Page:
preparing for a recession

okay, now that I got your attention, let’s rephrase that: preparing for an economic slowdown. I don’t pretend I can predict whether we’re heading for a recession - but we are definitely heading for a slowdown, because that’s exactly what the Fed is trying to engineer - reduce demand, slow down economic activity, cool down the ‘red hot’ labor market. At least that’s my understanding. A recession by definition is just a more pronounced slowdown. This is not black and white, but by now I think everyone agrees that the economy will cool down somewhat - which means less hiring overall, it means that more companies will struggle and consequently will look for savings, some won’t make it at all.

So what is that going to do to the stocks we are following here?

Zoominfo: I expect less hiring, so less demand for the core of Zoominfo: slowdown of growth when more companies are struggling (and the smaller companies where BILL recruits its customers typically struggle more and quicker), the last thing they’ll entertain is a system integration that’s providing savings down the road. In that situation, you’re looking for sure, immediate savings, and your focus is on the survival of your business: find sales, cut cost. You don’t look for systems that promise to make your administration more efficient, you’re simply reducing personnel. That may not be the wisest decision, but it’s business reality: you KNOW it helps your P&L right now if you don’t spend or reduce headcount. Versus implementing Bill is an investment that will take attention you can’t afford right now, and the saving is just an assumption.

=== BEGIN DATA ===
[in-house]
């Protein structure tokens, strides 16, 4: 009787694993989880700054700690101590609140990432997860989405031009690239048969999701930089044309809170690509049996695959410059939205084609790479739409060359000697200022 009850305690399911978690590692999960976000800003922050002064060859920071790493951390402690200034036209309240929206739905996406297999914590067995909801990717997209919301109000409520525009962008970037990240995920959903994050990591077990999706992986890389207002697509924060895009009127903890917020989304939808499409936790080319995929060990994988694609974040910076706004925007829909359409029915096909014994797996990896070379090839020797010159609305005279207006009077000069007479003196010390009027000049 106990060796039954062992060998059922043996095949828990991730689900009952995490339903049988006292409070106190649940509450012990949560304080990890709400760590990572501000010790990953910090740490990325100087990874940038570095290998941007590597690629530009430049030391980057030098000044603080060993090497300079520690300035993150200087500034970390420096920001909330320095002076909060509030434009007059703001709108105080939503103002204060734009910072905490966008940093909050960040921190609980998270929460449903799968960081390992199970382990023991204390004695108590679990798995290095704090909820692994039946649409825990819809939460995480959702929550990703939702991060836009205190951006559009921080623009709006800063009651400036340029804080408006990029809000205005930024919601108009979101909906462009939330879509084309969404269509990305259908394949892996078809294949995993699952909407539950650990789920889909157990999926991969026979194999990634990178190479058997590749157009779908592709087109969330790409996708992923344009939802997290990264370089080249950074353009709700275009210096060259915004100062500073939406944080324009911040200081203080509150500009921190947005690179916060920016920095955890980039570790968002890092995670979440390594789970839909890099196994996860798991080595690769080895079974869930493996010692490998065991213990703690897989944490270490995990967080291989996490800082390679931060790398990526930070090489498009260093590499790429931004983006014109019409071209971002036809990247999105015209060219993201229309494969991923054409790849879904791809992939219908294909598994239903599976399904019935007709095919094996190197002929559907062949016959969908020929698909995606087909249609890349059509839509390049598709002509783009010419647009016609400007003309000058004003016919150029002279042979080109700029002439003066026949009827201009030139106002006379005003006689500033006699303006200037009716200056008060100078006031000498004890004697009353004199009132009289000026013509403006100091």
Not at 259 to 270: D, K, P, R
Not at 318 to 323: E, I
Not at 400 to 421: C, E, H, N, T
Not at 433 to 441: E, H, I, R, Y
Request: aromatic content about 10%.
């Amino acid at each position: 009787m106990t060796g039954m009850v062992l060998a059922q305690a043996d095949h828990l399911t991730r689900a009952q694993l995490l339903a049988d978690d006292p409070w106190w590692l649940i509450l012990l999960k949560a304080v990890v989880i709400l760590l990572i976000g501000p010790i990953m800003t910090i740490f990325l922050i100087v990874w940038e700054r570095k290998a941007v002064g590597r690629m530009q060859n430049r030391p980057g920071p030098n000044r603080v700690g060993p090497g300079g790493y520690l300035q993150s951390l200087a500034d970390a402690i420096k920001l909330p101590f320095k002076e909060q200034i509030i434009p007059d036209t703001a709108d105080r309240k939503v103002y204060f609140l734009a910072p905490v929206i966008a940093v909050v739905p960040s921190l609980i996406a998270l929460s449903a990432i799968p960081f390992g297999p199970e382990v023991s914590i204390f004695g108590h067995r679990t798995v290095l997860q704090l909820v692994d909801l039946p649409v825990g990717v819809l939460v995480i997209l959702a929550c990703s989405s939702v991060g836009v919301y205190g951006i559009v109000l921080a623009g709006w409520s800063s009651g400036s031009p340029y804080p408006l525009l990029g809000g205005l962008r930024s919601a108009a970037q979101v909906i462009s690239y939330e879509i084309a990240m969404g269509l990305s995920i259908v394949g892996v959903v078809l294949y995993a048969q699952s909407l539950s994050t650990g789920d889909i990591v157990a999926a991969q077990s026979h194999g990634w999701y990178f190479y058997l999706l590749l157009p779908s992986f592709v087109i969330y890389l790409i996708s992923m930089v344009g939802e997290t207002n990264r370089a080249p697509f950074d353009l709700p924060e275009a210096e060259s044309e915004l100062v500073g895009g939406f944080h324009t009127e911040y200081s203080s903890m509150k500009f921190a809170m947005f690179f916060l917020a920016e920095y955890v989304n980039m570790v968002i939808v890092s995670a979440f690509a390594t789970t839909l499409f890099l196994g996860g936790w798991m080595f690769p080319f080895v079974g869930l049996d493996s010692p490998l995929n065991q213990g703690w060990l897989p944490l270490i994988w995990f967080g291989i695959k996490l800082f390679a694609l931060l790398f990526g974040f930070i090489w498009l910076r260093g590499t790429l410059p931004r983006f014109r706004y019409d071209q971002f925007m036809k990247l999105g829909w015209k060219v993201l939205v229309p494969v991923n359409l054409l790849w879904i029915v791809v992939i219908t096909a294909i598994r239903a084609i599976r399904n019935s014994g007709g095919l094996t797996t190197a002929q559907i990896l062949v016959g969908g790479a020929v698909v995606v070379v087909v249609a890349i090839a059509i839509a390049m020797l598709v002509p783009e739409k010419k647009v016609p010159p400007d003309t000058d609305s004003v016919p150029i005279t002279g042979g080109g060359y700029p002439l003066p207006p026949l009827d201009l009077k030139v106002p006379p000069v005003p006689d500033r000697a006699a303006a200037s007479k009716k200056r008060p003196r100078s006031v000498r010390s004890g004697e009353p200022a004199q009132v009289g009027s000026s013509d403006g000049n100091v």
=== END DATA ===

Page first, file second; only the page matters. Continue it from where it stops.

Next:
Monday: similar in my mind - they benefit from their high Net Dollar Retention Rate with existing customers, but I do believe one of the first things CFOs will look at is to stop discretionary spending, maybe take a harder look at the number of seats really in use (I know my company does, for Asana), and they certainly will reign in on the roll-out of new tools (i.e. new Monday customers)

Upstart: ok, let’s not even go there. Enough posted already

So what I would deem safe places are

  • data security, monitoring etc. like SentinelOne, Crowdstrike, Zscaler, Datadog
  • anything that helps companies to do more of their business (sales) or become more productive doing so, like Snowflake, Amplitude. And to a degree also Zoominfo as it’s branching out into Sales/marketing related activities.
    Let’s make no mistake though - an economic slowdown affects the ENTIRE economy. These companies have incredibly strong business models, but regardless, they will grow faster in a growing economy than a slowing economy. So they also will be impacted somewhat, but hopefully not much.

Based on this reasoning, I decided to close my Monday and BILL positions today. I am convinced that the market in general has ways to go down further, and I expect these two companies’ growth rates to be materially affected by the economic slowdown. We know how the market responds to that, now worse than ever.

I’m not sure Monday will already report a slowdown next week, but in the current environment it’s hard to imagine an earnings report that WOULDN’T result in a sell-off.

I’m not usually trying to time the market, but I’m forced to de-risk my portfolio at this stage, and this appears the best approach for me. As always, draw your own conclusions and act accordingly.



I appreciate your write up here, it’s always good to think critically about how recession-proof our companies are at any given time.

I wanted to clarify your thoughts on ZI.

You mention that ZI is “branching out” into sales/marketing related activities, but this is the core of what ZI has always offered.

They only recently acquired Comparably, which is a recruitment platform. But you wrote you expect less hiring, so less demand for the core of ZI.

From this I’m wondering if you perhaps have the primary product offering somewhat mixed up? Do you see them primarily as a recruitment tool instead of a sales tool? If so, I kindly challenge your assumption on that. Recruitment is only 8.5% of their stated TAM, while sales/marketing intelligence makes up the remaining 91.5%.

I agree with your sentiment that when you’re focusing on finding sales and cutting costs to help your business survive. But many modern sales orgs open up ZoomInfo first when they need to find a new lead to make a sale.